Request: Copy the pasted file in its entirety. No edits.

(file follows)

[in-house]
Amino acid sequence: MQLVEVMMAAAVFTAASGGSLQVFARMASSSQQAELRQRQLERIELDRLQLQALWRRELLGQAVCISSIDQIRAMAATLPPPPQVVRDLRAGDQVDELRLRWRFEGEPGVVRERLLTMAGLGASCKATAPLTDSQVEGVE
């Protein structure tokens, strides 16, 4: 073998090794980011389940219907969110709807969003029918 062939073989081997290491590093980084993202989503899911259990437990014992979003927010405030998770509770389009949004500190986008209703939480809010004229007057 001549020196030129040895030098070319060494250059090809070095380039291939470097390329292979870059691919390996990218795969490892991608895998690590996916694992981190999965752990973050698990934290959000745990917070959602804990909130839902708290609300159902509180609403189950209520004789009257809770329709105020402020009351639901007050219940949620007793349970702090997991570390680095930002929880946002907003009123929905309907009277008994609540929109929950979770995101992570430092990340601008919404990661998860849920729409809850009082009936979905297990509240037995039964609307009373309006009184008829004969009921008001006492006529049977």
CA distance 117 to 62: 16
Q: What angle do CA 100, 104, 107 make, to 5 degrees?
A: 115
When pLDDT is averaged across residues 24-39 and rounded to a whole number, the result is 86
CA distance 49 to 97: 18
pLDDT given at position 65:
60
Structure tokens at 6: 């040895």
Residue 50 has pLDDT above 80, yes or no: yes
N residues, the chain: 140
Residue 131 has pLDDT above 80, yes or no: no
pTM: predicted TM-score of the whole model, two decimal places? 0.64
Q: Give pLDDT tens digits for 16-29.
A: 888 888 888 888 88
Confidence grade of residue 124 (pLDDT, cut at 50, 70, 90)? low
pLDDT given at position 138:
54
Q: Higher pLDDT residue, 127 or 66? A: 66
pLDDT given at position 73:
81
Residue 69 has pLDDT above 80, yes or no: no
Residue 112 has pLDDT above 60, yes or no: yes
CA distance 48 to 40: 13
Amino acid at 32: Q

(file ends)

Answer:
[in-house]
Amino acid sequence: MQLVEVMMAAAVFTAASGGSLQVFARMASSSQQAELRQRQLERIELDRLQLQALWRRELLGQAVCISSIDQIRAMAATLPPPPQVVRDLRAGDQVDELRLRWRFEGEPGVVRERLLTMAGLGASCKATAPLTDSQVEGVE
């Protein structure tokens, strides 16, 4: 073998090794980011389940219907969110709807969003029918 062939073989081997290491590093980084993202989503899911259990437990014992979003927010405030998770509770389009949004500190986008209703939480809010004229007057 001549020196030129040895030098070319060494250059090809070095380039291939470097390329292979870059691919390996990218795969490892991608895998690590996916694992981190999965752990973050698990934290959000745990917070959602804990909130839902708290609300159902509180609403189950209520004789009257809770329709105020402020009351639901007050219940949620007793349970702090997991570390680095930002929880946002907003009123929905309907009277008994609540929109929950979770995101992570430092990340601008919404990661998860849920729409809850009082009936979905297990509240037995039964609307009373309006009184008829004969009921008001006492006529049977």
CA distance 117 to 62: 16
Q: What angle do CA 100, 104, 107 make, to 5 degrees?
A: 115
When pLDDT is averaged across residues 24-39 and rounded to a whole number, the result is 86
CA distance 49 to 97: 18
pLDDT given at position 65:
60
Structure tokens at 6: 């040895």
Residue 50 has pLDDT above 80, yes or no: yes
N residues, the chain: 140
Residue 131 has pLDDT above 80, yes or no: no
pTM: predicted TM-score of the whole model, two decimal places? 0.64
Q: Give pLDDT tens digits for 16-29.
A: 888 888 888 888 88
Confidence grade of residue 124 (pLDDT, cut at 50, 70, 90)? low
pLDDT given at position 138:
54
Q: Higher pLDDT residue, 127 or 66? A: 66
pLDDT given at position 73:
81
Residue 69 has pLDDT above 80, yes or no: no
Residue 112 has pLDDT above 60, yes or no: yes
CA distance 48 to 40: 13
Amino acid at 32: Q